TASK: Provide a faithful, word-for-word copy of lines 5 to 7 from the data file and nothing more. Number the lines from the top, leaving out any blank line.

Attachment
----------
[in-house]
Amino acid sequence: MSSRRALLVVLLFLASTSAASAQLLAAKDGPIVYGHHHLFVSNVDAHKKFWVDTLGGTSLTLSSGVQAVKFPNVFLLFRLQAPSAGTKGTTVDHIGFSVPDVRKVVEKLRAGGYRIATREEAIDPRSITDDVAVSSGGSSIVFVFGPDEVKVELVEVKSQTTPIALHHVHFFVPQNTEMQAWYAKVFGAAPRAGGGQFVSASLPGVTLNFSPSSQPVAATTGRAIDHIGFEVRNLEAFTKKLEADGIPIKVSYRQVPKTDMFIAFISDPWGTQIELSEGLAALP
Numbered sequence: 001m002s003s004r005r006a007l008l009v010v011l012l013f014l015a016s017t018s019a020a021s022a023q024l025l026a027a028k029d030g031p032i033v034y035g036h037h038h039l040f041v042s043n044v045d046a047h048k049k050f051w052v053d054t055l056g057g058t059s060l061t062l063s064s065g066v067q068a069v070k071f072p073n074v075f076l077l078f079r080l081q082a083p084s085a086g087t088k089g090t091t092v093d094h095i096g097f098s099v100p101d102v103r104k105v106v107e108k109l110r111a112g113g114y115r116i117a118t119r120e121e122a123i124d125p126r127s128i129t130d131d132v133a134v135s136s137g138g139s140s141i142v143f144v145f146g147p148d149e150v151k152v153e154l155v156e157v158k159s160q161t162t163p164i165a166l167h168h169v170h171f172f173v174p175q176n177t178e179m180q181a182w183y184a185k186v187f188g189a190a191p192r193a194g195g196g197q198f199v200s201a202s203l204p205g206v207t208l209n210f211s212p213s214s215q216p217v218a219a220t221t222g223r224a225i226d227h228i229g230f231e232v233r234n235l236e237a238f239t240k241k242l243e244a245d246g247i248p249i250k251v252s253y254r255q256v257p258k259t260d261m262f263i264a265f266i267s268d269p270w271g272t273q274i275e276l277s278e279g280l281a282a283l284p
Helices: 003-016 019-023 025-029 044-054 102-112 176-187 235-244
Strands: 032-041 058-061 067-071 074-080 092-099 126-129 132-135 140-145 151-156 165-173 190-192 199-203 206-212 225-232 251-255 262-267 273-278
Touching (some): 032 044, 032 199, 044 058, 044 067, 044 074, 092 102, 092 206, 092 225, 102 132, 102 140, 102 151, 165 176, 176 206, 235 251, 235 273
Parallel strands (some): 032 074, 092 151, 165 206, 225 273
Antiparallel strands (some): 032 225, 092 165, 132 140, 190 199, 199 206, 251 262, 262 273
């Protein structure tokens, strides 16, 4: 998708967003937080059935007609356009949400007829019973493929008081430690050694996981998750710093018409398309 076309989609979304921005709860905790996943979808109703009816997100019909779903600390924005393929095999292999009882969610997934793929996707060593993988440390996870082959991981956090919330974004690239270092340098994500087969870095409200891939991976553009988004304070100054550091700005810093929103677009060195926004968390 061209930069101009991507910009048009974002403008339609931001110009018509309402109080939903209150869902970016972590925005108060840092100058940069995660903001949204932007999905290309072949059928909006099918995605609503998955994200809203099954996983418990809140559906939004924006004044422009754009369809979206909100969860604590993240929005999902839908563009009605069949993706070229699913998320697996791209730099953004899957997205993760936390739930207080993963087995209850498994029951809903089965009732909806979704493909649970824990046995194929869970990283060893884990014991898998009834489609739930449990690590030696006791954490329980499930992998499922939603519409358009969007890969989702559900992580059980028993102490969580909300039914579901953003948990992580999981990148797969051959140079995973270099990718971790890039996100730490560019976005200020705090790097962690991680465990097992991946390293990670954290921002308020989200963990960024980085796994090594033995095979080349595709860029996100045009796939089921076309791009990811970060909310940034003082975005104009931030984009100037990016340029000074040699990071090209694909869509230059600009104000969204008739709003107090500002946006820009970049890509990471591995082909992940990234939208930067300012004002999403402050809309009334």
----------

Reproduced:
Strands: 032-041 058-061 067-071 074-080 092-099 126-129 132-135 140-145 151-156 165-173 190-192 199-203 206-212 225-232 251-255 262-267 273-278
Touching (some): 032 044, 032 199, 044 058, 044 067, 044 074, 092 102, 092 206, 092 225, 102 132, 102 140, 102 151, 165 176, 176 206, 235 251, 235 273
Parallel strands (some): 032 074, 092 151, 165 206, 225 273